Pictured: Megan Beers Wood

Along with our partner, the Hearing Health Foundation, we are excited to announce our Emerging Research Grant for 2022.  This grant demonstrates our commitment to uncover the mechanisms associated with hyperacusis on our path to a cure.  We are extremely grateful for our donor support which makes this grant possible. The grant goes to Megan Beers Wood, Ph.D., of the Johns Hopkins University School of Medicine, who will be studying type II auditory nerve fibers as instigators of the cochlear immune response after acoustic trauma.

 

A subset of patients with hyperacusis experience pain in the presence of typically tolerated sound. Little is known about the origin of this pain. One hypothesis is that the type II auditory nerve fibers (type II neurons) of the inner ear may act as pain receptors after exposure to damaging levels of noise (acoustic damage). Our lab has shown that type II neurons share key characteristics with pain neurons: They respond to tissue damage; they are hyperactive after acoustic damage; and they express genes similar to pain neurons, such as the gene for CGRP-alpha. However, type II neurons are not the only cell type that responds to acoustic damage. The immune system responds quickly after damaging noise exposure. In other systems of the body such as the skin, CGRP-alpha can affect immune cell function. This project looks at the expression of CGRP-alpha in type II neurons after noise exposure. CGRP-alpha will be blocked during noise exposure to see if this affects the immune response to tissue damage.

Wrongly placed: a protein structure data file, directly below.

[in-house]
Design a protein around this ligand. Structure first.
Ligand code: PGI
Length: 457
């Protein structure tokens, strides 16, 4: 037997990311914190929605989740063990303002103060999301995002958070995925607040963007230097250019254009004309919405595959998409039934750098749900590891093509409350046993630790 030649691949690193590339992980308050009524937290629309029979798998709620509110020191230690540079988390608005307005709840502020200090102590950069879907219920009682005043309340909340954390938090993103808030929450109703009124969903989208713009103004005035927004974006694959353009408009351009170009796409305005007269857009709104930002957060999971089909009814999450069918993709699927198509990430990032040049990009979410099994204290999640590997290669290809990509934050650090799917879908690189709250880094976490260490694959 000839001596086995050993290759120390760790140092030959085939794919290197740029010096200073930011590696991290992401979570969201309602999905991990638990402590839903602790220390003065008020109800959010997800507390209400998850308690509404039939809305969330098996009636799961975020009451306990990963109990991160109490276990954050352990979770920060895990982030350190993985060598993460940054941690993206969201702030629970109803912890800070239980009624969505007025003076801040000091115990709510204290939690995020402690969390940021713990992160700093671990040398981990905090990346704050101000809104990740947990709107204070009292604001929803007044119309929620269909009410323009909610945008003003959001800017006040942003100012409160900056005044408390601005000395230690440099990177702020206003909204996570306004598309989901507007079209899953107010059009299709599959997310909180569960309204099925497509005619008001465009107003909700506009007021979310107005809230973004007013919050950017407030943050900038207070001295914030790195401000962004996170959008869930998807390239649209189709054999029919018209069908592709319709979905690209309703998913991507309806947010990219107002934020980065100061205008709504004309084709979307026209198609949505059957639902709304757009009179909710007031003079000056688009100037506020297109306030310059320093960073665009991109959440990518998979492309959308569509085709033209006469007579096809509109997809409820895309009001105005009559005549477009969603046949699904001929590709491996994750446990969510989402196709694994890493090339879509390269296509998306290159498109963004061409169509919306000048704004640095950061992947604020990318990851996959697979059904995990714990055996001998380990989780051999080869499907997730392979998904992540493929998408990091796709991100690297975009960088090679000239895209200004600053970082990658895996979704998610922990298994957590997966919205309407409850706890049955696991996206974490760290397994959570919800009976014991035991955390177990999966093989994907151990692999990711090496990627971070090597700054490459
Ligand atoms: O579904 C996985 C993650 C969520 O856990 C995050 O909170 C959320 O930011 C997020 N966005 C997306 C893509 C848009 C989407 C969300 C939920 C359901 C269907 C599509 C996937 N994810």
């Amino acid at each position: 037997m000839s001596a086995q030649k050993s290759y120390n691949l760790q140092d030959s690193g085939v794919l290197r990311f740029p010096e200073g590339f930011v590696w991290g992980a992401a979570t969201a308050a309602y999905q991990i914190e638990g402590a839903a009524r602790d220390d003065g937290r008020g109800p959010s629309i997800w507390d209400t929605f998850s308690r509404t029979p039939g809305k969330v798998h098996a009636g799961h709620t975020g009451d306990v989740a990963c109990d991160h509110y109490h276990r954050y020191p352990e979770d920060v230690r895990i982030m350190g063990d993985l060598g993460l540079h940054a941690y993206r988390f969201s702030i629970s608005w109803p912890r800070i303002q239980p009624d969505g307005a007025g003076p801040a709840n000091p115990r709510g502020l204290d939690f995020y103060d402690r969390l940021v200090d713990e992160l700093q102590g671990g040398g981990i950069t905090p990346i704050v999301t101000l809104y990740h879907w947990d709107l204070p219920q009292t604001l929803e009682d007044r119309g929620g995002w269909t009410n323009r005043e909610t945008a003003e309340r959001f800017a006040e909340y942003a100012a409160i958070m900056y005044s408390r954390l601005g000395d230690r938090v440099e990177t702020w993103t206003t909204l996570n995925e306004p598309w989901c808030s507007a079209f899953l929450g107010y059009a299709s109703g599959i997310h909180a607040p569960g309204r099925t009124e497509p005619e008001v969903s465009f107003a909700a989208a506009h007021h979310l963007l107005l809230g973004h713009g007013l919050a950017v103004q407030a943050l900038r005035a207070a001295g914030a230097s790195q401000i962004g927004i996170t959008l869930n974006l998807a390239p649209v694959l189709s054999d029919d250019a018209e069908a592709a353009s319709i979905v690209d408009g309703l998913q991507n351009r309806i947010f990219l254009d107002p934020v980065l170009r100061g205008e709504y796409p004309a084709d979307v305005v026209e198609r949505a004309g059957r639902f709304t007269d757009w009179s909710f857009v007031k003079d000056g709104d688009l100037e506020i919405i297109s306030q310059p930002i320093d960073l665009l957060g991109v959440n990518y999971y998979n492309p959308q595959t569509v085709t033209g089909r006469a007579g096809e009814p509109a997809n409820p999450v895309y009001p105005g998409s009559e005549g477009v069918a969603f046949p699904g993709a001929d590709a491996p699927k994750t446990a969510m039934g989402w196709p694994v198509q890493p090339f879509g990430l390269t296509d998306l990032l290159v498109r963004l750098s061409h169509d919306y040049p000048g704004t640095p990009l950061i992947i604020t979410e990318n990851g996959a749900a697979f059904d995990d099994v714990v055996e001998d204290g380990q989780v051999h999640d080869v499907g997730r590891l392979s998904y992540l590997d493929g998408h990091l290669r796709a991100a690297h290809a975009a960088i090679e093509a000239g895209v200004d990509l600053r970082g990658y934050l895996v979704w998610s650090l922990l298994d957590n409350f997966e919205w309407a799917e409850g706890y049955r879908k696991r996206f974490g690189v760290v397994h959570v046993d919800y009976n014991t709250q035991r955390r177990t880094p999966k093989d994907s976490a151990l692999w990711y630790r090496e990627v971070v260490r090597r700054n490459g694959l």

The long-term goal is to understand the role of CGRP-alpha in the neurons and immune response of the inner ear, which may illustrate a role for type II neurons in pain and inflammation following tissue damage. CGRP-alpha has been a target for therapeutics for painful conditions such as migraine, making it an attractive therapeutic target for pathologies of the inner ear. 

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